Within the various topics the citizens’ visions addressed, a content analysis identified seven major topics that reappeared frequently: (1) healthcare and medical services; (2) education and learning; (3) ICT, automation and artificial intelligence; (4) legislation; (5) quality of life and life style; (6) employment and innovative modes of work; and (7) energy (Rask and Damianova 2009).

2.2.2 Tracing back the results of CIVISTI: the example of “attractive public transportation”

The recommendation “attractive public transportation” is one of the 30 recommendations9 that experts developed from the total 69 citizen visions,10 which were elaborated during the first citizen consultation. However, to ensure a process unbiased by nationalism, the citizens were not allowed to vote on recommendations that derived from visions which originated in their respective county. “Attractive public transportation” was elected to be of primary importance by experts and citizens. In order to present and examine the process as thoroughly as possible, we will track this recommendation throughout the whole CIVISTI process. Tracing its generic history backwards from the final recommendation to the very beginning of the visions from which it originated shows which parts of the content changed during the process and which remained the same. In the final report and during the policy workshop, which took place in Brussels at the end of the process, the short versions of all recommendations were presented.

Recommendation: Attractive public transportation (short):

“Promote technical and social innovations that can enhance people’s access to and use of public transportation: Promote technical and social innovations to improve people’s access to transportation schemes, through an intelligent and interactive network. This network should cover and integrate both local and trans-national travel in a flexible, user friendly and environmentally sound way.”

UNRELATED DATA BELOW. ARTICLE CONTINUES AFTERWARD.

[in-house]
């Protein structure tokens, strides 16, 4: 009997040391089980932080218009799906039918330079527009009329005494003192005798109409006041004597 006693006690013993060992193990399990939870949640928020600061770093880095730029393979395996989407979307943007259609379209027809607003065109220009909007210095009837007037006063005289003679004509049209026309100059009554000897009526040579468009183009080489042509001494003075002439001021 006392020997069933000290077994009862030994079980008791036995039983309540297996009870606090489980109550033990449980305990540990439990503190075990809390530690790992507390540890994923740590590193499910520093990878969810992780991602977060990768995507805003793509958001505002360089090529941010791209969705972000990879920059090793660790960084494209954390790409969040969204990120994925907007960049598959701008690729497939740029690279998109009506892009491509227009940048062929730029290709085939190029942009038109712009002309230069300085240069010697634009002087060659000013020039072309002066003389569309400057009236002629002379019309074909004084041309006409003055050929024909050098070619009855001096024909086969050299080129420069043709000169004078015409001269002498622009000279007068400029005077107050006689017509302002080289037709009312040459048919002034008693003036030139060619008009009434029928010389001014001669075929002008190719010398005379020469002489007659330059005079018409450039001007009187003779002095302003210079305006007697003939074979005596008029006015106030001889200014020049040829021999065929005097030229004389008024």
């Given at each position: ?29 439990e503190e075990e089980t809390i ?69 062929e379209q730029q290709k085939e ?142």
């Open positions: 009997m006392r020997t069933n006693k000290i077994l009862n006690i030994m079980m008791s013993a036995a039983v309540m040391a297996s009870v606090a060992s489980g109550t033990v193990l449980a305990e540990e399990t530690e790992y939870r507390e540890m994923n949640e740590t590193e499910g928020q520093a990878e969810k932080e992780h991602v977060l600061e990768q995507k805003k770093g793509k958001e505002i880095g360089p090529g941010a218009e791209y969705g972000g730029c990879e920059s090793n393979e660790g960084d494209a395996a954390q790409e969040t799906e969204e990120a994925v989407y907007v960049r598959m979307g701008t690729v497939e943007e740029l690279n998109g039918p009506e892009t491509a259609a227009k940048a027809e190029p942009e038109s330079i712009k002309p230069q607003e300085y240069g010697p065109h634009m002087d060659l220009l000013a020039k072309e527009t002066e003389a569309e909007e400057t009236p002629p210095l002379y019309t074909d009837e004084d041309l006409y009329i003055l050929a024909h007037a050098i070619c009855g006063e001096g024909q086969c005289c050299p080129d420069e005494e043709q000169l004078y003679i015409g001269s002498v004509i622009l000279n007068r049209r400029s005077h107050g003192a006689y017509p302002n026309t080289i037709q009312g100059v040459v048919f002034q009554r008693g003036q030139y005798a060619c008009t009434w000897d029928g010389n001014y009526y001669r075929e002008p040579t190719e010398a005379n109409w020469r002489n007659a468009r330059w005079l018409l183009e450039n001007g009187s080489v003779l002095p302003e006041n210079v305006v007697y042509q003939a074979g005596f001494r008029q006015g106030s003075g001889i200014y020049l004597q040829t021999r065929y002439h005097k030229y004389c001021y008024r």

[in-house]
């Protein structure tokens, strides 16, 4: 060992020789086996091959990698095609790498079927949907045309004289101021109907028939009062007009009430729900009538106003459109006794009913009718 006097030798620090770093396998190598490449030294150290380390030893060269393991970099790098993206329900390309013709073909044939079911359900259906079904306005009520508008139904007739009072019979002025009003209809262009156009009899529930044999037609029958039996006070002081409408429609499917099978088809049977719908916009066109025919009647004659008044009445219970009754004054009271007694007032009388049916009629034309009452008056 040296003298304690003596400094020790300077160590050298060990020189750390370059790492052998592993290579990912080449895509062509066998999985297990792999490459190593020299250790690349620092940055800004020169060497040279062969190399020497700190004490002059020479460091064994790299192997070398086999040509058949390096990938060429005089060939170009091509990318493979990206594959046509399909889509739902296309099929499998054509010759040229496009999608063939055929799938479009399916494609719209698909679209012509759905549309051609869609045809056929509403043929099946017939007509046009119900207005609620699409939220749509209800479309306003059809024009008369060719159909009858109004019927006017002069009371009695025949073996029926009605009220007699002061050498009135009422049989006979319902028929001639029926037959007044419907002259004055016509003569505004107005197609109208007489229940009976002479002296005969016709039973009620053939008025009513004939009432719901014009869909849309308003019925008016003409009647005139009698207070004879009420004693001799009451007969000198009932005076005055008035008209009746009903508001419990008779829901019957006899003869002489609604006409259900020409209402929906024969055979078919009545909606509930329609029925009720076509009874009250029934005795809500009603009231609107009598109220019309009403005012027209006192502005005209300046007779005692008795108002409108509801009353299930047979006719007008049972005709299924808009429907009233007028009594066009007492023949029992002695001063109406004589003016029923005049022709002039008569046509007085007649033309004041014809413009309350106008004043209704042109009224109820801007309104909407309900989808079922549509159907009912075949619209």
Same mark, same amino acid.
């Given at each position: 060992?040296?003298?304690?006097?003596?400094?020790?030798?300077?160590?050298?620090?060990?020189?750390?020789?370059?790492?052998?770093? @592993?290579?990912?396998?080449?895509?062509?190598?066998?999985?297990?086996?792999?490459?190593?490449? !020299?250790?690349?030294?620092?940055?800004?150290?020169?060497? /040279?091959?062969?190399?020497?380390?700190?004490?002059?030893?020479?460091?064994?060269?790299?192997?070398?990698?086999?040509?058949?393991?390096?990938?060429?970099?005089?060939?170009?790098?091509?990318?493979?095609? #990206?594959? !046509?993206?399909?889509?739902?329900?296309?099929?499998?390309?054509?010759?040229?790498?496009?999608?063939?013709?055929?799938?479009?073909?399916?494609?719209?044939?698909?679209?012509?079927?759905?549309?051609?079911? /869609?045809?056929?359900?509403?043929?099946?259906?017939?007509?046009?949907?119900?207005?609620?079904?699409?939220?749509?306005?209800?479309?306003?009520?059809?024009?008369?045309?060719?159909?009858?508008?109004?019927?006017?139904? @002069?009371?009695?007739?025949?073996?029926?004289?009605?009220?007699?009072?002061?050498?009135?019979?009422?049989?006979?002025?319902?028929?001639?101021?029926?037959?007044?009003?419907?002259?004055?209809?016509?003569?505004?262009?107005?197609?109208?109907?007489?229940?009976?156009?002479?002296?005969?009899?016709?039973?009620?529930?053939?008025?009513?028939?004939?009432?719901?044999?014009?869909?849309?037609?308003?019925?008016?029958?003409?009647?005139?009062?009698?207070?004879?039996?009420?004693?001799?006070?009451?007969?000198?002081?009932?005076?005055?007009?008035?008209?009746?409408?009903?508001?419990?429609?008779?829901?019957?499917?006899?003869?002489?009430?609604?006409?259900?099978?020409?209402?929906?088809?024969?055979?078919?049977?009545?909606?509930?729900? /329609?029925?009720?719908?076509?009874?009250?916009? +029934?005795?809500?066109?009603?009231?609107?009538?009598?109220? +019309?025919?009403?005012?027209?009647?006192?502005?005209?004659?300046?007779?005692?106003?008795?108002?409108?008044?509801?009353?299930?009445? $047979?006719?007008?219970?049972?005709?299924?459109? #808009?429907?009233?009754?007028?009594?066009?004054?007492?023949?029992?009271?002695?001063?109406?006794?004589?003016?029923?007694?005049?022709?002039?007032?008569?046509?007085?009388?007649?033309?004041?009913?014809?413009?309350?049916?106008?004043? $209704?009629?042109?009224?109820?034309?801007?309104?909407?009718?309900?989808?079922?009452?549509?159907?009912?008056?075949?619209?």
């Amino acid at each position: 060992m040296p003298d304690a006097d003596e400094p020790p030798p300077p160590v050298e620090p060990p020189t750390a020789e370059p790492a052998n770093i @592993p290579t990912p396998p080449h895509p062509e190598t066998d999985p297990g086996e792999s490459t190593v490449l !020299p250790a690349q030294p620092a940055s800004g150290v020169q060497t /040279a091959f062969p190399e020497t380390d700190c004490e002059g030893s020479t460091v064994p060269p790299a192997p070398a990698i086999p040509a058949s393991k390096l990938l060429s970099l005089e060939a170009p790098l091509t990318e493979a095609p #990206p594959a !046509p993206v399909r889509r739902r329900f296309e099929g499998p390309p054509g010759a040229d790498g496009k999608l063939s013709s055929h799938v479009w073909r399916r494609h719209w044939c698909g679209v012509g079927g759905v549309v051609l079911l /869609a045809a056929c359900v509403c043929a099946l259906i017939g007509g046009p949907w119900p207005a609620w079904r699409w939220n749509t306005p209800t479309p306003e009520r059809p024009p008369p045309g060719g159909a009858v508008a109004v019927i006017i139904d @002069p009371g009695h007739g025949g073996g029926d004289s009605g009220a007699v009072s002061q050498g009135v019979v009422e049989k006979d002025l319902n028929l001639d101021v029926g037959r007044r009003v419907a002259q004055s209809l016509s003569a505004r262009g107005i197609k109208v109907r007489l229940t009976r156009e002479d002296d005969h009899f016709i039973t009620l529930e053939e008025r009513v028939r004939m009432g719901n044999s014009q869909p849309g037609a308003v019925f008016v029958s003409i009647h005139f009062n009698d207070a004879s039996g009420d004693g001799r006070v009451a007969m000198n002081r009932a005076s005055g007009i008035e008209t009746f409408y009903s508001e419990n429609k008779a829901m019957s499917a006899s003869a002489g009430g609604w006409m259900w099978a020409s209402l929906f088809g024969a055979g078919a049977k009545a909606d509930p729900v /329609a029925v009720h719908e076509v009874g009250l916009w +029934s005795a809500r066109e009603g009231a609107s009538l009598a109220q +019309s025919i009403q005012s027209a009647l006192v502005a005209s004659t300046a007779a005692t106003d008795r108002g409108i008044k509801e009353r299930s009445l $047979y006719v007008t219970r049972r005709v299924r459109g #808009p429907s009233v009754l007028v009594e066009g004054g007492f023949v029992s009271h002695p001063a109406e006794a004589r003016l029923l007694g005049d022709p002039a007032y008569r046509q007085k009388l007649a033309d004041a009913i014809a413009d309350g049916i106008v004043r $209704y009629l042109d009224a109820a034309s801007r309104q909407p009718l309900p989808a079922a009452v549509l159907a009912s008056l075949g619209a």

The elaborated versions of the recommendations were presented to the citizens during the second citizen consultation, before they validated and prioritised them. Besides a description, they also contain the experts’ opinions on novelty, importance and relevancy (timing) of the proposed idea as well as additional comments.

Recommendation: Attractive public transportation (elaborated)

“Promote technical and social innovations that can enhance people’s access to and use of public transportation.11

Description of the recommendation: Promote innovation towards environmentally sound public transportation, by providing individual access to the community-owned and shared transport schemes and vehicles.

Additional comments from the experts on the recommendation: Promote technical and social innovations to improve people’s access to transportation schemes, through an intelligent and interactive network. Such a network will promote people’s uses of both traditional public transportation modes and individual access to shared vehicles (e.g., private car sharing). This organic, intelligent, and living (self-adapting) network should cover and integrate both local and trans-national travelling, in a flexible, user-friendly, and environmentally sound way. These innovations should enhance economic productivity by reducing home-to-work travel time, and promote social inclusion, by facilitating the mobility of socially deprived populations.

Evaluation of the recommendation by the experts:

Novelty: The idea is quite innovative, since it will involve the use of artificial intelligence to develop a technical and social infrastructure that is focused on the promotion of environmentally sound public transportation.

Importance: Very essential. Solves part of the traffic problems and enhances the current research in environmentally friendly vehicles, because it creates a demand for technology. It solves social problems too for people with poor access, for instance in case of emergency. Faster transportation means increased productivity. This is assumed to promote social inclusion by enhancing mobility for socially deprived people, where lack of transport can be an obstacle to inclusion or access to jobs.

Timing: Very relevant. This should be done immediately. The mental framework is already in place. Scientific and technological solutions exist.”

This recommendation derived from a vision that Danish citizens developed during their national process. The short version presented here provides an overview. The long version12 is certainly worth reading to grasp how many different aspects of society a vision on transportation in day-to-day life can relate to.

2.2.3 Vision: environmentally sound transportation throughout Europe (short):